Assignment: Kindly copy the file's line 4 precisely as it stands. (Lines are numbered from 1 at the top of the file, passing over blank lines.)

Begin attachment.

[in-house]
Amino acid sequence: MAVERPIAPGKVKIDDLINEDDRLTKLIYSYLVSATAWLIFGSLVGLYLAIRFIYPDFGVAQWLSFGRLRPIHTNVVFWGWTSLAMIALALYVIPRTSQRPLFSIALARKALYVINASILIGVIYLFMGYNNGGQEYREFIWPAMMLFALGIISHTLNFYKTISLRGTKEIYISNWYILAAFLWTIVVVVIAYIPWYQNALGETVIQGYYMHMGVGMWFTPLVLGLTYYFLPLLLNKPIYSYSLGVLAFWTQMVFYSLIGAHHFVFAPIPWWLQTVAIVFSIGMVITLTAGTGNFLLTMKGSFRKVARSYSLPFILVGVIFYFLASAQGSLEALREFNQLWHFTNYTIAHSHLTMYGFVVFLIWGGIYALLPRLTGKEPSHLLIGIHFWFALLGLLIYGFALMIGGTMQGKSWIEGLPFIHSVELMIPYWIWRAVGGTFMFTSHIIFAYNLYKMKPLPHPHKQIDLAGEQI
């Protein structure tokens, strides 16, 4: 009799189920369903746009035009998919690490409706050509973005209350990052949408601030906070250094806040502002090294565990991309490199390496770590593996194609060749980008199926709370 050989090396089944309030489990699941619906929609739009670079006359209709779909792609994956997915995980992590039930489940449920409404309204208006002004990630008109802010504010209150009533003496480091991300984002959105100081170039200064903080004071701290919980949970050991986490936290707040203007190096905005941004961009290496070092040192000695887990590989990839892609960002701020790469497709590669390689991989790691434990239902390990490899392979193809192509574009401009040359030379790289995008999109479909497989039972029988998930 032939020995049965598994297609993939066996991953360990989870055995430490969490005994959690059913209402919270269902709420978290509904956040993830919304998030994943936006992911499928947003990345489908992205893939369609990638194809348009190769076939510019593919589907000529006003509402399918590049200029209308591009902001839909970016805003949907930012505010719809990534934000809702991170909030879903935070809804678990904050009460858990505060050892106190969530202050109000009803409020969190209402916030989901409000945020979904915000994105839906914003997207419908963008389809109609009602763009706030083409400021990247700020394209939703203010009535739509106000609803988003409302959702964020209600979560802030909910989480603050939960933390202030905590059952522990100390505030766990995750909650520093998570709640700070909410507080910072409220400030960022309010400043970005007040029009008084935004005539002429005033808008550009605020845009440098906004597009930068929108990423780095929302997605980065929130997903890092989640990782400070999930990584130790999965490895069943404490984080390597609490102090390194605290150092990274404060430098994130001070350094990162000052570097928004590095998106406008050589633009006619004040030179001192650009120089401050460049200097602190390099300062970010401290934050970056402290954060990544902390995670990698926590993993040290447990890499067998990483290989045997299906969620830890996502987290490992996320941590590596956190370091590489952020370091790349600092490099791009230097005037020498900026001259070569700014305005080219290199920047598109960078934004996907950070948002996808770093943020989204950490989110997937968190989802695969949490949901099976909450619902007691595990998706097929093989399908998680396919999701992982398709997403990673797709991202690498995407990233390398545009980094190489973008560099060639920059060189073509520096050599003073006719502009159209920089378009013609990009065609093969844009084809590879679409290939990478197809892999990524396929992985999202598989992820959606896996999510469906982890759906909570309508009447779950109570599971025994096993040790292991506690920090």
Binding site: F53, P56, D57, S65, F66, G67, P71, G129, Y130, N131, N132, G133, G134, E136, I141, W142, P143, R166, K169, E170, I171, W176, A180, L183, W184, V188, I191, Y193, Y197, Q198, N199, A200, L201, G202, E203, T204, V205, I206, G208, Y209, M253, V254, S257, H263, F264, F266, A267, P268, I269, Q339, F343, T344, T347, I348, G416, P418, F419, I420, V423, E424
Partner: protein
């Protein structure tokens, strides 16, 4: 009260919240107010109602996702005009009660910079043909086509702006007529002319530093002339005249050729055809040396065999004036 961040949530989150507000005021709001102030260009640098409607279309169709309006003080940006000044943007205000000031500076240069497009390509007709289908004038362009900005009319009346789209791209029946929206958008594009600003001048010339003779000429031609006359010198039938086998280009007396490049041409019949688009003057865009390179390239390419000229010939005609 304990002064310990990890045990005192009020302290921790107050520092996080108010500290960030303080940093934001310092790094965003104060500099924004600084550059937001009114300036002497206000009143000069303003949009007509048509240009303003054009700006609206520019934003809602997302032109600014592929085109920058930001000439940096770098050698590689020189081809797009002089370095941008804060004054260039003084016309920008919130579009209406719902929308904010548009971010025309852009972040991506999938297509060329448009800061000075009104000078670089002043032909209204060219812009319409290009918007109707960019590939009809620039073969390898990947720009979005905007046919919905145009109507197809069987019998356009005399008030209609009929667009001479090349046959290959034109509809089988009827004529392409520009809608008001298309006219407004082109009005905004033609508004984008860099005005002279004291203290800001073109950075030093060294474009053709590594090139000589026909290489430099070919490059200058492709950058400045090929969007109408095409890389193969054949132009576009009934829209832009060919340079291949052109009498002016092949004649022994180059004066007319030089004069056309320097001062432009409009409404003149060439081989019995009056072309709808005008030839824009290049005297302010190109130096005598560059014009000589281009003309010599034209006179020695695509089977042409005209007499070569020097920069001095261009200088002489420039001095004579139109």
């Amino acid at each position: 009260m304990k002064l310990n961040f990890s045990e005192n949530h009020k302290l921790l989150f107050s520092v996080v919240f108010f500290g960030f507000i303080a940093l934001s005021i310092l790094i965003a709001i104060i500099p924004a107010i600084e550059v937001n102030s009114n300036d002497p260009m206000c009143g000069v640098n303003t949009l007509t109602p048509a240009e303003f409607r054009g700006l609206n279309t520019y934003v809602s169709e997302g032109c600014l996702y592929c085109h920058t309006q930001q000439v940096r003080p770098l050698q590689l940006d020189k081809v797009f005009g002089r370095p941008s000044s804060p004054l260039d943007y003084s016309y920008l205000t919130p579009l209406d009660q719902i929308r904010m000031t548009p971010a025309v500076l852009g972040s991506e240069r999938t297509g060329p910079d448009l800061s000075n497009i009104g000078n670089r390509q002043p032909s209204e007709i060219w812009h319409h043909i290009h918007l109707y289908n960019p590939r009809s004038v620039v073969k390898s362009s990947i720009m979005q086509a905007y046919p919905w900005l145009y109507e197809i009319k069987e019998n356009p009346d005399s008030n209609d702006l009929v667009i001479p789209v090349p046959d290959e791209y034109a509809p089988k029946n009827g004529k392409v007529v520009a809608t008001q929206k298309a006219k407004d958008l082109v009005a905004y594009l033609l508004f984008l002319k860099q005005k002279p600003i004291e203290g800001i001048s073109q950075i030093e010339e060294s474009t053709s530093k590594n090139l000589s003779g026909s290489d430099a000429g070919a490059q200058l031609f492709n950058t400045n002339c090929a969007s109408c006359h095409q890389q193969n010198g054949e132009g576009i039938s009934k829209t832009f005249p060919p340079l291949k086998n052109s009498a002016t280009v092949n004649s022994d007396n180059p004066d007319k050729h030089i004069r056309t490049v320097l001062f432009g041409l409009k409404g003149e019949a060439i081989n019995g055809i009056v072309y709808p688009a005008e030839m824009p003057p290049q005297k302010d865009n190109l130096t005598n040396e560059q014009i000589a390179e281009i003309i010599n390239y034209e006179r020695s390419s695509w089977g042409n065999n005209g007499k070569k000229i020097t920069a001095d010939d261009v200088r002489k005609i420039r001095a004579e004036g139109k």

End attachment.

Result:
Binding site: F53, P56, D57, S65, F66, G67, P71, G129, Y130, N131, N132, G133, G134, E136, I141, W142, P143, R166, K169, E170, I171, W176, A180, L183, W184, V188, I191, Y193, Y197, Q198, N199, A200, L201, G202, E203, T204, V205, I206, G208, Y209, M253, V254, S257, H263, F264, F266, A267, P268, I269, Q339, F343, T344, T347, I348, G416, P418, F419, I420, V423, E424